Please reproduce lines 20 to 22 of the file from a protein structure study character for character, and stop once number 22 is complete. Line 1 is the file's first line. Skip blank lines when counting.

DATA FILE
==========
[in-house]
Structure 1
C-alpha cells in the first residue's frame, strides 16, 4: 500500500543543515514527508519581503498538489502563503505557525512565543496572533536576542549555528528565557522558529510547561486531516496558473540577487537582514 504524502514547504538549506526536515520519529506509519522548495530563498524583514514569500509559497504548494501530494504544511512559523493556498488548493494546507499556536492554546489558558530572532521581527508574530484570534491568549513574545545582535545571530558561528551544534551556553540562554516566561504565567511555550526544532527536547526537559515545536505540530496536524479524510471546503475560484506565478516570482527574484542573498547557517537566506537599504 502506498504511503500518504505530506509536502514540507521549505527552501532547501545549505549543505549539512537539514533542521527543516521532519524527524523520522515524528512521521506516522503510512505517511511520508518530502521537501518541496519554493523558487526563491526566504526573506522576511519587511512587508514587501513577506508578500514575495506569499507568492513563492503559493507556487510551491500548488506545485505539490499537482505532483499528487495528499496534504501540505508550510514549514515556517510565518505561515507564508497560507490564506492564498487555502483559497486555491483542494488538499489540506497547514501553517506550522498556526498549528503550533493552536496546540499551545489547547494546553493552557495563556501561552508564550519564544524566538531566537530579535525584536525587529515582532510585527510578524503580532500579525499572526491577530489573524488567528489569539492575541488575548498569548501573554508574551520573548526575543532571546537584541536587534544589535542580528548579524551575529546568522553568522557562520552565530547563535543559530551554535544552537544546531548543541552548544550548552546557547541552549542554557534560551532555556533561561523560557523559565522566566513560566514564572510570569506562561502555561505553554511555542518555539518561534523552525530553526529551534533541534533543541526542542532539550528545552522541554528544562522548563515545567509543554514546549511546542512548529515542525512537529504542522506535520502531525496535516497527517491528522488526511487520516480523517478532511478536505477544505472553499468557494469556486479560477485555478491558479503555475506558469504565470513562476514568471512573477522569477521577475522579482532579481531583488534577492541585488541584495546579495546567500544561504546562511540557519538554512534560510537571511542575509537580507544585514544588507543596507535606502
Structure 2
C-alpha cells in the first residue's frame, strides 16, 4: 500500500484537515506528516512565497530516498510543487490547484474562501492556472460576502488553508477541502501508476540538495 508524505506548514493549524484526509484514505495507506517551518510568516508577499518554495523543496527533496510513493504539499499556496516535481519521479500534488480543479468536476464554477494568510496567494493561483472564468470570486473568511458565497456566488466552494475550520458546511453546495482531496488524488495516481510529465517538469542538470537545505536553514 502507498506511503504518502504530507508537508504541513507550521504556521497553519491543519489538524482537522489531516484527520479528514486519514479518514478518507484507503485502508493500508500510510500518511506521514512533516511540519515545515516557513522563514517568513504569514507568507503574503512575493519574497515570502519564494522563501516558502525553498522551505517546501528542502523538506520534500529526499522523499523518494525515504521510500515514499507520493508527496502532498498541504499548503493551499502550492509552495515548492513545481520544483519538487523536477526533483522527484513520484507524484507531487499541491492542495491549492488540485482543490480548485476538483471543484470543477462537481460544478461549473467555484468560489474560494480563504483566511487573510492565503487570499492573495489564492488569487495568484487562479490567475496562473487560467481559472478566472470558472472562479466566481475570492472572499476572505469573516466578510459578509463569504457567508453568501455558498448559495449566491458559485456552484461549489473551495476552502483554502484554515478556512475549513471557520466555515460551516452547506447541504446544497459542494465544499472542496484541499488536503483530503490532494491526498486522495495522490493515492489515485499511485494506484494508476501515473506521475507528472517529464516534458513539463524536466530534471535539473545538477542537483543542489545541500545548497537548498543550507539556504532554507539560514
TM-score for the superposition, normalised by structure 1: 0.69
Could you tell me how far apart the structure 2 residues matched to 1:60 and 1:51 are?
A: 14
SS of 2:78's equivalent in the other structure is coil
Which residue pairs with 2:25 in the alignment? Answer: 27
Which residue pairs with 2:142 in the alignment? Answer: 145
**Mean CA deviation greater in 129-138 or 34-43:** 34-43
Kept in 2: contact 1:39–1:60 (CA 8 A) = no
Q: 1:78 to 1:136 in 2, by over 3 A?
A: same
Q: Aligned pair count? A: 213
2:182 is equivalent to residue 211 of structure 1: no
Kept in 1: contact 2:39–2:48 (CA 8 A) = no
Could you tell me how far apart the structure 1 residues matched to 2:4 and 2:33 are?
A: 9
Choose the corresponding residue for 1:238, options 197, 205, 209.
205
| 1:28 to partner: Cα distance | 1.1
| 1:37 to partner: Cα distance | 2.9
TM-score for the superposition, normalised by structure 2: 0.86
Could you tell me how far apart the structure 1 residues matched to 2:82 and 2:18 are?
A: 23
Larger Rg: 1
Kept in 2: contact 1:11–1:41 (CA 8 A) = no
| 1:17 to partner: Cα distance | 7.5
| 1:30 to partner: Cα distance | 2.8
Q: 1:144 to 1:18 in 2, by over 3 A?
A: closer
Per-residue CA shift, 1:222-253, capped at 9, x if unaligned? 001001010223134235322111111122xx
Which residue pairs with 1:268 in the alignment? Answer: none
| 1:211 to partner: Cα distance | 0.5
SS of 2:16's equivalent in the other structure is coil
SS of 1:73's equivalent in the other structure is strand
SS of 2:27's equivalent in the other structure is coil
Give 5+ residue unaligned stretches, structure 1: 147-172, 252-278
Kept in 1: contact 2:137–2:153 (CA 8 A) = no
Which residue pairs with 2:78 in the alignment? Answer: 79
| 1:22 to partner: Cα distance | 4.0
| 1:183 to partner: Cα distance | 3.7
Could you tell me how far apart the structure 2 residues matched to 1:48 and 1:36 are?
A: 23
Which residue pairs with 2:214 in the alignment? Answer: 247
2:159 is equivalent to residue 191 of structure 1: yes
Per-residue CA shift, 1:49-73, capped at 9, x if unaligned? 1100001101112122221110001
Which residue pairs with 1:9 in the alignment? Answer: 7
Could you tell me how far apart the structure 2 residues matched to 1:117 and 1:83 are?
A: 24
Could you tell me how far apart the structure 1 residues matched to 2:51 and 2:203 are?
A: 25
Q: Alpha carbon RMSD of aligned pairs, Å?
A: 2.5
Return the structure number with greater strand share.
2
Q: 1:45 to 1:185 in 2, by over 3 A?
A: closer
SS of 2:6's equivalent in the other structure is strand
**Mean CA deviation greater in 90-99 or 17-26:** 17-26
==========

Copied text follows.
A: 9
Choose the corresponding residue for 1:238, options 197, 205, 209.
205